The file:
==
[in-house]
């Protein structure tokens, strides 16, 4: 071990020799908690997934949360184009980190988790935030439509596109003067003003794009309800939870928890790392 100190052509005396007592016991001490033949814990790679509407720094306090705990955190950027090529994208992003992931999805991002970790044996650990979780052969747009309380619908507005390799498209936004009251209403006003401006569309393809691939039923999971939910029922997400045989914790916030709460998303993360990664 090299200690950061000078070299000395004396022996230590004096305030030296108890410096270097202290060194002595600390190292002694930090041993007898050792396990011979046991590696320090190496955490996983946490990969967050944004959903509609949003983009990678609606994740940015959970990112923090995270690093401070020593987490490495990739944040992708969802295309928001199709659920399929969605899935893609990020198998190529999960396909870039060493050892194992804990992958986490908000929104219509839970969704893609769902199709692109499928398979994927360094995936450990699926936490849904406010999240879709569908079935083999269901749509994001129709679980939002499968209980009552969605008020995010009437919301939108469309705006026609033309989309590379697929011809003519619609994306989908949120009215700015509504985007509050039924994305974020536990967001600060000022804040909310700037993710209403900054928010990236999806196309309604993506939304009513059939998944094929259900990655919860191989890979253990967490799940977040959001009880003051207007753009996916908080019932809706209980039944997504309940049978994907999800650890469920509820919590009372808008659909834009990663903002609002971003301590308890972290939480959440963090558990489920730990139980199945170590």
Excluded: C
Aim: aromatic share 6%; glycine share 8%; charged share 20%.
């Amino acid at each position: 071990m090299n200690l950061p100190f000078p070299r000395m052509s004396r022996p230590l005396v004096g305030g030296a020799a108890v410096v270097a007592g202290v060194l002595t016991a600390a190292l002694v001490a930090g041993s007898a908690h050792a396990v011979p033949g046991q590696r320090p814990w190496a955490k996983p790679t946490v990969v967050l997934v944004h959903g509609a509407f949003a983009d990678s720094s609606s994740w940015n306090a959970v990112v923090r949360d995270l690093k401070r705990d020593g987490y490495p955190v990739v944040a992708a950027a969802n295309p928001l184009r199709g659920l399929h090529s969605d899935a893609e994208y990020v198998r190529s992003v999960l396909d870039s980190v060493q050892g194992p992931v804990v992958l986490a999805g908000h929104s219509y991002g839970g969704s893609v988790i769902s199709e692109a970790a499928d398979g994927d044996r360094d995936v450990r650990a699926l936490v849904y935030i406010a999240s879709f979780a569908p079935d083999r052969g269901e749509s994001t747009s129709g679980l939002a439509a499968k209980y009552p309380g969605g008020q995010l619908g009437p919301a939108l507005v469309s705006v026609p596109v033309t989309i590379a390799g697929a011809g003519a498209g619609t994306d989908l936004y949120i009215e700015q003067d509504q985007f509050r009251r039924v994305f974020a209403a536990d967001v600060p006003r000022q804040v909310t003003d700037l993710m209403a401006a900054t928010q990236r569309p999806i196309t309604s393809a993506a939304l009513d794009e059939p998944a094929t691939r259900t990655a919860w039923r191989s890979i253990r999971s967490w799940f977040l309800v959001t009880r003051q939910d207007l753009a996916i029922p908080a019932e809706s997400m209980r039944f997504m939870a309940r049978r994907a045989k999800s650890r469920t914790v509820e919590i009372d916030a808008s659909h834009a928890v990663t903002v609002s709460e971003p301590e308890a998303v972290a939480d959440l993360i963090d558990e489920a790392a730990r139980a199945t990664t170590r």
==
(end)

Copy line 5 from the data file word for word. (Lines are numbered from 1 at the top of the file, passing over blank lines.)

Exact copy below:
């Amino acid at each position: 071990m090299n200690l950061p100190f000078p070299r000395m052509s004396r022996p230590l005396v004096g305030g030296a020799a108890v410096v270097a007592g202290v060194l002595t016991a600390a190292l002694v001490a930090g041993s007898a908690h050792a396990v011979p033949g046991q590696r320090p814990w190496a955490k996983p790679t946490v990969v967050l997934v944004h959903g509609a509407f949003a983009d990678s720094s609606s994740w940015n306090a959970v990112v923090r949360d995270l690093k401070r705990d020593g987490y490495p955190v990739v944040a992708a950027a969802n295309p928001l184009r199709g659920l399929h090529s969605d899935a893609e994208y990020v198998r190529s992003v999960l396909d870039s980190v060493q050892g194992p992931v804990v992958l986490a999805g908000h929104s219509y991002g839970g969704s893609v988790i769902s199709e692109a970790a499928d398979g994927d044996r360094d995936v450990r650990a699926l936490v849904y935030i406010a999240s879709f979780a569908p079935d083999r052969g269901e749509s994001t747009s129709g679980l939002a439509a499968k209980y009552p309380g969605g008020q995010l619908g009437p919301a939108l507005v469309s705006v026609p596109v033309t989309i590379a390799g697929a011809g003519a498209g619609t994306d989908l936004y949120i009215e700015q003067d509504q985007f509050r009251r039924v994305f974020a209403a536990d967001v600060p006003r000022q804040v909310t003003d700037l993710m209403a401006a900054t928010q990236r569309p999806i196309t309604s393809a993506a939304l009513d794009e059939p998944a094929t691939r259900t990655a919860w039923r191989s890979i253990r999971s967490w799940f977040l309800v959001t009880r003051q939910d207007l753009a996916i029922p908080a019932e809706s997400m209980r039944f997504m939870a309940r049978r994907a045989k999800s650890r469920t914790v509820e919590i009372d916030a808008s659909h834009a928890v990663t903002v609002s709460e971003p301590e308890a998303v972290a939480d959440l993360i963090d558990e489920a790392a730990r139980a199945t990664t170590r």